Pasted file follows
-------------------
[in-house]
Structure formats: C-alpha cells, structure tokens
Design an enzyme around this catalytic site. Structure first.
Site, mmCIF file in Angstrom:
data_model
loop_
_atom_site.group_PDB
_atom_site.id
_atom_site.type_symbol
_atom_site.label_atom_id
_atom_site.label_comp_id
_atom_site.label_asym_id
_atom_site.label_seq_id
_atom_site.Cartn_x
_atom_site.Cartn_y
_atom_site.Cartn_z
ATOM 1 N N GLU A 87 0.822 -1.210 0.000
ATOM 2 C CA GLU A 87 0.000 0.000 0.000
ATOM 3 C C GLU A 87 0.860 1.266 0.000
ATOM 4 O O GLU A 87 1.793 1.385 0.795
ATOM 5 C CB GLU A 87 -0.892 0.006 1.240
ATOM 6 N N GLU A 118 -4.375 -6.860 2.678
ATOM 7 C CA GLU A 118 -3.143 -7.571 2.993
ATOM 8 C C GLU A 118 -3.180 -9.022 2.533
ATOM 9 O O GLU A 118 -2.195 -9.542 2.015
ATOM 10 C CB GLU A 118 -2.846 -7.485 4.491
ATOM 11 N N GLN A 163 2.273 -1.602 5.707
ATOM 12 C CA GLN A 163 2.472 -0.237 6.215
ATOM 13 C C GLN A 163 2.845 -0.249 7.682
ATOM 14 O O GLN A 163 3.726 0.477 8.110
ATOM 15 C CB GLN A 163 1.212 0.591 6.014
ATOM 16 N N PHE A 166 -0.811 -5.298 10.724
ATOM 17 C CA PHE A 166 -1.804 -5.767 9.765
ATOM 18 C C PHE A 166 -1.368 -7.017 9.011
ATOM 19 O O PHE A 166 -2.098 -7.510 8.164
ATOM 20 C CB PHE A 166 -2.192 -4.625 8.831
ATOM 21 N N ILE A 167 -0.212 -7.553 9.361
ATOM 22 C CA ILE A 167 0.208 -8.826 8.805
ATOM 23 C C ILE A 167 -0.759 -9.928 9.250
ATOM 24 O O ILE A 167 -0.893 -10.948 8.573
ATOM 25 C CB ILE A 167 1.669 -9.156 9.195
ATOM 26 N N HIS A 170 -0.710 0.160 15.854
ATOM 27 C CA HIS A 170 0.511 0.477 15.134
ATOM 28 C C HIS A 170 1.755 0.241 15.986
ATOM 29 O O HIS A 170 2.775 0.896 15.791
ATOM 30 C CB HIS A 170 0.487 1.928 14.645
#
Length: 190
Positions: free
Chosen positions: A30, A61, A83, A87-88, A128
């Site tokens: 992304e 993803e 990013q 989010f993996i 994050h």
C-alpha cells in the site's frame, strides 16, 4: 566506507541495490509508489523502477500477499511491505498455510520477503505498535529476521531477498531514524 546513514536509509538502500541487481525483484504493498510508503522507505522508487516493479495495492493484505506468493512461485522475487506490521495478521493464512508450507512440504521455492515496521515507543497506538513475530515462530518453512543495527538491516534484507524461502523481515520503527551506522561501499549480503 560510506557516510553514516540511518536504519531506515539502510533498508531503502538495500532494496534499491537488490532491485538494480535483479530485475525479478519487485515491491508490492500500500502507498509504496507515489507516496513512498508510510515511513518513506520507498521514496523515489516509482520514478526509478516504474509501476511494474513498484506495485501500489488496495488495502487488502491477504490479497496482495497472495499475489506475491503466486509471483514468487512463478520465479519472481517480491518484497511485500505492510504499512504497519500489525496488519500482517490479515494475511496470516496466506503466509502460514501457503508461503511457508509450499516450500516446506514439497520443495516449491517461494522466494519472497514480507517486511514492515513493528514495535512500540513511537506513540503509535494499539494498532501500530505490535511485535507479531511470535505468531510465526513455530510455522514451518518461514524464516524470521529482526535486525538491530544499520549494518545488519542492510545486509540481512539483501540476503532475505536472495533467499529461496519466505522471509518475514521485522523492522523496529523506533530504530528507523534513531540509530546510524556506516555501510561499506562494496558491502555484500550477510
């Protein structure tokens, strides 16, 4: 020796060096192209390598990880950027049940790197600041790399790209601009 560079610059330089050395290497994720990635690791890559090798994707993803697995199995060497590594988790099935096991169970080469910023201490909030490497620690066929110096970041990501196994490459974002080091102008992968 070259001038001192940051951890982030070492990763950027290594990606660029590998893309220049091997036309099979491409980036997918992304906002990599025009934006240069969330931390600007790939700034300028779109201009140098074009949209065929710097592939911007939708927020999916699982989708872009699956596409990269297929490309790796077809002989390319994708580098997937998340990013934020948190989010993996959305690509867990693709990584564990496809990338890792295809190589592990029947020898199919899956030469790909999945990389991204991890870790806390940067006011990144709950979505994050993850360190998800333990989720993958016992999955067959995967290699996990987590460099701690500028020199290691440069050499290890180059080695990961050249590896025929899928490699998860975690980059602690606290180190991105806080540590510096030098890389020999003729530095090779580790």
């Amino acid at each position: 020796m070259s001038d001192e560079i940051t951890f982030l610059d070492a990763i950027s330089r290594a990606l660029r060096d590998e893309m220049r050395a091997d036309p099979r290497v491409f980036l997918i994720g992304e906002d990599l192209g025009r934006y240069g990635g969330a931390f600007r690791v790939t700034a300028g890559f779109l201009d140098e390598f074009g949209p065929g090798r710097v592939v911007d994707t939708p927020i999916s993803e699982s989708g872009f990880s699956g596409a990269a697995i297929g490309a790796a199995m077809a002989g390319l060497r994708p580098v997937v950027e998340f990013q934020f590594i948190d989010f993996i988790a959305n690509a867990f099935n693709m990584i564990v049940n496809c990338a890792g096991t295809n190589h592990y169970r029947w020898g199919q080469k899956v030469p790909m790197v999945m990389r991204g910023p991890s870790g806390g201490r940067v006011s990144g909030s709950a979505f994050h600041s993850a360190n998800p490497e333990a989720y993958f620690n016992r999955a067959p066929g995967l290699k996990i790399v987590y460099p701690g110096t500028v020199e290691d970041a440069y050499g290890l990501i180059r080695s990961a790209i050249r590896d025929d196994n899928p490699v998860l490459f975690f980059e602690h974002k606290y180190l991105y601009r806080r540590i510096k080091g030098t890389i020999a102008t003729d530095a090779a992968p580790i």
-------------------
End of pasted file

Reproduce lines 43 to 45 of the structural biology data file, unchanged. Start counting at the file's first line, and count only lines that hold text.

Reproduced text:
ATOM 27 C CA HIS A 170 0.511 0.477 15.134
ATOM 28 C C HIS A 170 1.755 0.241 15.986
ATOM 29 O O HIS A 170 2.775 0.896 15.791